Purpose: To examine the safety and efficacy of azithromycin eyedrops in Japanese individuals with meibomian gland dysfunction (MGD)-associated posterior blepharitis.
Methods: Individuals with MGD-associated posterior blepharitis who visited the Itoh Clinic, Saitama, Japan, were randomly assigned to receive azithromycin (1%) eyedrops (AZM group, 16 eyes of 16 patients) or preservative-free artificial tears (control group, 20 eyes of 20 patients) for 2 weeks. All subjects also applied a warming eyelid compress twice per day. Subjective symptoms (Standardized Patient Evaluation of Eye Dryness [SPEED] score), lipid layer thickness (LLT) and interferometric pattern of the tear film, plugging and vascularity of the lid margin, noninvasive break-up time of the tear film (NIBUT) and fluorescein-based break-up time of the tear film (TBUT), corneal-conjunctival fluorescein staining score, tear meniscus height, meibum grade, meiboscore, tear osmolarity, and Schirmer test value were determined before and after treatment. Side effects of treatment were also recorded.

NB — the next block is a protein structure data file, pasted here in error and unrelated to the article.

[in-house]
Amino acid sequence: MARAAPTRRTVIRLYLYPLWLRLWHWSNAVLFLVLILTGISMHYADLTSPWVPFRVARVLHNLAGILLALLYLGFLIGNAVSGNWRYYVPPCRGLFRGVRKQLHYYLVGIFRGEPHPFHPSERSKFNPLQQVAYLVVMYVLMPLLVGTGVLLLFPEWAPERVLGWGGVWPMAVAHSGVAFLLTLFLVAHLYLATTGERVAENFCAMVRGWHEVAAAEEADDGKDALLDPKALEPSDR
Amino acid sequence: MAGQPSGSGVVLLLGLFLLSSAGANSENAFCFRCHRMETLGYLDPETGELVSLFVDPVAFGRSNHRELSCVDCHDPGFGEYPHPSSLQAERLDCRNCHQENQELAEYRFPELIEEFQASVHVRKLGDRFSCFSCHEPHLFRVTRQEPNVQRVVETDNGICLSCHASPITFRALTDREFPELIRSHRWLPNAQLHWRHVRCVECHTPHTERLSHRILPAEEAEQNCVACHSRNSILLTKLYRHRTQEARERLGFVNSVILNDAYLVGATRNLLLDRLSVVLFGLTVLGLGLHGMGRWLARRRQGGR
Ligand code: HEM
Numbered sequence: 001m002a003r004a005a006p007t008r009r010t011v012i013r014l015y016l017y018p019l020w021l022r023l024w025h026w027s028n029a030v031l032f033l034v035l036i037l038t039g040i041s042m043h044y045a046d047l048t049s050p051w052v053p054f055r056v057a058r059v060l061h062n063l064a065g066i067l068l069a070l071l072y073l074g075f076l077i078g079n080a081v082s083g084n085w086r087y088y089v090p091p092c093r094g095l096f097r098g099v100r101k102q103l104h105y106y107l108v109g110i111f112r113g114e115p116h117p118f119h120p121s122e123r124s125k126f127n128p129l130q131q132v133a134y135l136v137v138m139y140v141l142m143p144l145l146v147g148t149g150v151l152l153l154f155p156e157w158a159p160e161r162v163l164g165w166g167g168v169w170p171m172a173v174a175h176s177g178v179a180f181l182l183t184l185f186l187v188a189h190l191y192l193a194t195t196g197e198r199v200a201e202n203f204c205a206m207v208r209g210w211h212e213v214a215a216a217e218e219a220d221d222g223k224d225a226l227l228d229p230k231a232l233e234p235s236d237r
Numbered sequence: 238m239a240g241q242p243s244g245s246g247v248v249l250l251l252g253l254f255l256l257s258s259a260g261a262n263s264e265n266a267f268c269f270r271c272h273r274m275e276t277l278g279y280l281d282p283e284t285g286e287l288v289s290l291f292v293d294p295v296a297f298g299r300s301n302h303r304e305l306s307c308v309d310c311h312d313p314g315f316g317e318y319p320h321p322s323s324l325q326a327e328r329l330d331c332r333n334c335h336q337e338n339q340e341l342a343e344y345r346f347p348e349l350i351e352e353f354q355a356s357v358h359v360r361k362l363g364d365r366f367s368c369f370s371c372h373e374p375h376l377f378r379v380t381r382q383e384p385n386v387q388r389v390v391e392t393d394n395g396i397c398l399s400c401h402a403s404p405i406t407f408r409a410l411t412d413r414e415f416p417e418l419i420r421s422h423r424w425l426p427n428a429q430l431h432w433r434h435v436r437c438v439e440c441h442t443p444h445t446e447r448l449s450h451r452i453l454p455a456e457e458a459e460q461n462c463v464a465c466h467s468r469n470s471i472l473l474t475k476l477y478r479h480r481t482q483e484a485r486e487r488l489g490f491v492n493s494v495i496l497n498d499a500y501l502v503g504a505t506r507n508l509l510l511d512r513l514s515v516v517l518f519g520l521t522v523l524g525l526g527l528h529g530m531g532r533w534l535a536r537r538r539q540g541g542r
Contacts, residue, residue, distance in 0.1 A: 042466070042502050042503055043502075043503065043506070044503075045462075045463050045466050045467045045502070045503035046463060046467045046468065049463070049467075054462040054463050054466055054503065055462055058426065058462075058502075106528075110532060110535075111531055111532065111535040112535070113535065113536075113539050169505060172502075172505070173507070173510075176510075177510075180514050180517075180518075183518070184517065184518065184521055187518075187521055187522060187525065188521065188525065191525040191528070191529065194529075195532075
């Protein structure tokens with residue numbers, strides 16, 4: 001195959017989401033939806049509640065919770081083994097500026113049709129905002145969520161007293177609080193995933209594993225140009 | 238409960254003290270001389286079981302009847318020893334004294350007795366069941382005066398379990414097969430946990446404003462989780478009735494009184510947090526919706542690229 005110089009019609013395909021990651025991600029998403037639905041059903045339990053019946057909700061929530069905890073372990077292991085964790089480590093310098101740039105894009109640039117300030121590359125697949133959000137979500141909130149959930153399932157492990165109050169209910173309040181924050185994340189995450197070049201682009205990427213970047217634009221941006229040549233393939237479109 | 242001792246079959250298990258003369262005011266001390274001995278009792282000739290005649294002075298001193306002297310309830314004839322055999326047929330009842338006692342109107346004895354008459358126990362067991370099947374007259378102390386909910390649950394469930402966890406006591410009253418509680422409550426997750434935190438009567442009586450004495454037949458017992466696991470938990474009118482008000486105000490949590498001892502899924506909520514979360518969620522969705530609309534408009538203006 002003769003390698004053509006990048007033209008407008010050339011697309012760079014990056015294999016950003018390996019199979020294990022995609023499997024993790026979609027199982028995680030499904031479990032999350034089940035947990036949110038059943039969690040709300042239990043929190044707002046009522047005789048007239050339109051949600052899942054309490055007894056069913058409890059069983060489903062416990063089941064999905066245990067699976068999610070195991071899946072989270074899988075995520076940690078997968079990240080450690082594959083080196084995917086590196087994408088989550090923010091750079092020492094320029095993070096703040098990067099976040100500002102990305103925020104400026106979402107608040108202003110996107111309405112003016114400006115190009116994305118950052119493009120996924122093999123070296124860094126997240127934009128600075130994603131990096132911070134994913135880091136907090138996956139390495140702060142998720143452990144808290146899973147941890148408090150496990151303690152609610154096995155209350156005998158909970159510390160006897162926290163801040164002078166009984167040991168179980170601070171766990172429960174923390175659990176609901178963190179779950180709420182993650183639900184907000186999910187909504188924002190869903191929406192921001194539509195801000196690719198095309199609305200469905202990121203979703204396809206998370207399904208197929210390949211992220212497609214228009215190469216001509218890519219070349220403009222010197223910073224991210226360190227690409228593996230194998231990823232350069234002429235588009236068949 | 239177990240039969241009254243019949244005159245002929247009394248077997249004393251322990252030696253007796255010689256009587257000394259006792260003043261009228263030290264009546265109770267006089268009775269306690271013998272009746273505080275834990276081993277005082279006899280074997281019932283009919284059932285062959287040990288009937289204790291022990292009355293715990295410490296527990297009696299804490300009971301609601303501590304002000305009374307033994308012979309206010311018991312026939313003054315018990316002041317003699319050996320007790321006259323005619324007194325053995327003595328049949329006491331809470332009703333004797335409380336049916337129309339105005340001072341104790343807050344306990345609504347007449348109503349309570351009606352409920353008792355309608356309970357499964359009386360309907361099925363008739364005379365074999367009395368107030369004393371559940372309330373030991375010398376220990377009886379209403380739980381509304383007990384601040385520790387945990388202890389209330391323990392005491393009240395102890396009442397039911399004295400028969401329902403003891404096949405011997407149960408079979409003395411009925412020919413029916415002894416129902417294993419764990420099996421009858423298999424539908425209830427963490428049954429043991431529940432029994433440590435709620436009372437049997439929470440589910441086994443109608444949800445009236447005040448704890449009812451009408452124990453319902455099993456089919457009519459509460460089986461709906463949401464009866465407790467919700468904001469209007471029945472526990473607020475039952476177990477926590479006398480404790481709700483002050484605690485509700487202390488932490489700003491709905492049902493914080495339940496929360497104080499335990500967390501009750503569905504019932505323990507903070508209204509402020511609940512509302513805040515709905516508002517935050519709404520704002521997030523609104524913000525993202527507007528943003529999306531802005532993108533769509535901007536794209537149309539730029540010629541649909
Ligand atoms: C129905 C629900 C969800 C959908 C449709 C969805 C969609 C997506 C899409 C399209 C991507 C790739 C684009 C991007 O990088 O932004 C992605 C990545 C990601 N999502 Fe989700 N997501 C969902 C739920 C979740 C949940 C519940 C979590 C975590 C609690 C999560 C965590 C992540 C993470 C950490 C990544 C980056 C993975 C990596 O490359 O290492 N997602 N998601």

Results: In the AZM group, SPEED score, LLT, interferometric pattern, plugging and vascularity of the lid margin, NIBUT, TBUT, meibum grade, and tear osmolarity were significantly improved after treatment compared with baseline. The SPEED score, interferometric pattern, plugging, vascularity, meibum grade, and tear osmolarity were also significantly improved after treatment in the AZM group compared with the control group. Common side effects in the AZM group were transient eye irritation and blurred vision.
Conclusion: Azithromycin eyedrops improved eyelid inflammation, the quality and quantity of the lipid layer of the tear film, and tear film stability. Such eyedrops thus seem to be a safe and effective treatment for MGD-associated posterior blepharitis.
Copyright © 2020 The Author(s). Published by Wolters Kluwer Health, Inc. on behalf of the Contact Lens Association of Opthalmologists.